Looking to help students practice "reading" images for a variety of contextual meanings while engaging in content area study? This lesson uses images of the Boston Massacre to deepen students' comprehension of both the event and the effects of propaganda. Students begin by completing an anticipation guide to introduce them to Boston Massacre, propaganda, and British/colonial reactions to the massacre. They then complete an image analysis to make inferences about various images of the massacre. The culminating activity-a presentation about students' observations and inferences-demonstrates students' knowledge of the Boston Massacre and propaganda in a variety of ways. This lesson benefits English-language learners (ELLs) and struggling readers because it involves viewing images, participating in discussions, working with peers, and listening to a read-aloud that reinforces the lesson content and vocabulary.
See the largest collection of Russian WWII propaganda posters outside the former Soviet Union in this video with Professor Cynthia Marsh
Suitable for Undergraduate study and community education
Professor Cynthia Marsh, Professor of Russian Drama and Literature, Department of Russian and Slavonic Studies
Professor Cynthia Marsh began the study of Russian after leaving school, by taking an intensive course to A-level at the then Holborn College of Law, Languages and Commerce, in Central London. She then went on to gain BA hons Russian (first class) at the University of Nottingham and spent a year at the School of Slavonic and East European Studies, University of London, completing an MA Area Studies: Russia, before going on to full time research there on the relationship between poetry and painting in the work of the Russian poet Max Voloshin. This research culminated in a PhD, entitled M.A.Voloshin: Artist-Poet: A investigation into the synaesthetic aspects of his poetry (awarded in 1979.)
In 1972, after teaching Russian literature part-time on the University of London External BA honours course at Holborn, Professor Cynthia Marsh was appointed as a lecturer at Nottingham, and subsequently appointed senior lecturer and then Professor of Russian Drama and Literature. She served as head of department of Russian and Slavonic Studies from 2005-2006, and then from 2007- 2009.
In 2002 she was awarded a Lord Dearing Award for Outstanding Teaching by the University and subsequently became a Member of the Higher Education Academy. She currently teaches modules on Russian theatre and Russian drama and her research interests continue to focus on Russian theatre, publishing mainly on Chekhov and Gorky.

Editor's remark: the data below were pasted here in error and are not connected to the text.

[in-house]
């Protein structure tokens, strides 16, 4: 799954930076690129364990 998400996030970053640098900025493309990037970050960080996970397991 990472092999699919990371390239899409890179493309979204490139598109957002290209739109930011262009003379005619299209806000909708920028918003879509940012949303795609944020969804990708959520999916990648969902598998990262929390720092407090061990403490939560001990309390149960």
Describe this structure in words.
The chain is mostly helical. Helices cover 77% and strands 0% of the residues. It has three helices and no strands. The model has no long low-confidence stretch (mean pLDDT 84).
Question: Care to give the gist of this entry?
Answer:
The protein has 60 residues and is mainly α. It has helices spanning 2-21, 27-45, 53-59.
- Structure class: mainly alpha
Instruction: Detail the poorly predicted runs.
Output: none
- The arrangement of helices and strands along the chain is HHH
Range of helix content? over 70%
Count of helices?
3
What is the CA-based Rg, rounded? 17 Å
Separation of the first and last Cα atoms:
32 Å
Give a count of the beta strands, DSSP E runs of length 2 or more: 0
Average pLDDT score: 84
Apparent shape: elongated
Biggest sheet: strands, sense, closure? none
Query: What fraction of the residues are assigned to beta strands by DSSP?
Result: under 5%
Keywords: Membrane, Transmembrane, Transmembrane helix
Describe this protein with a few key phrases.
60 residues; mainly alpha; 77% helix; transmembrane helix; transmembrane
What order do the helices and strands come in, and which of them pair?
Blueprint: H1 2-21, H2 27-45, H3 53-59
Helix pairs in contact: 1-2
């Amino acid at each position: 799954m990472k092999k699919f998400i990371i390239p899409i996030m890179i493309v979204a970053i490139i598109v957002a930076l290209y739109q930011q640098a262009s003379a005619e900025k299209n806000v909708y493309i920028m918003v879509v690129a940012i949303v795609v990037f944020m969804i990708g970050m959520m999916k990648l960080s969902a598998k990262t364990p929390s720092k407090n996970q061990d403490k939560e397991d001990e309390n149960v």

Women's roles, responsibilities and expectations have changed in dramatic ways as Chinese society has transformed throughout different political eras. From family structure, marriage, and childbirth to education, workforce participation, and political activity, women have seen and taken part in historical transformations that have accelerated over the last century. For students, exploring firsthand evidence of these changes Đ and witnessing continuities as well Đ is a far more exciting prospect than simply reading a text or even watching a documentary. There are multiple ways that teachers can offer students windows into the shifting values and beliefs about women in Chinese life; here, we offer three: investigating the design of an early nineteenth-century house; analyzing Communist propaganda posters from the Revolutionary period; and listening to an oral history of a young woman growing up in today's People's Republic of China. The changes are apparent when comparing these snapshots across time, but examining the sources also adds value, raising as many questions about women's lives as they answer, whetting students' appetites for an understanding of their context.
Worksheet to accompany Advice, Persuasion or Propaganda lesson.
This collection uses primary sources to explore America's entry into World War I. Digital Public Library of America Primary Source Sets are designed to help students develop their critical thinking skills and draw diverse material from libraries, archives, and museums across the United States. Each set includes an overview, ten to fifteen primary sources, links to related resources, and a teaching guide. These sets were created and reviewed by the teachers on the DPLA's Education Advisory Committee.
A rubric in student language used by high school students as they work on their presentations to make sure they are including all the necessary components and doing high-quality work.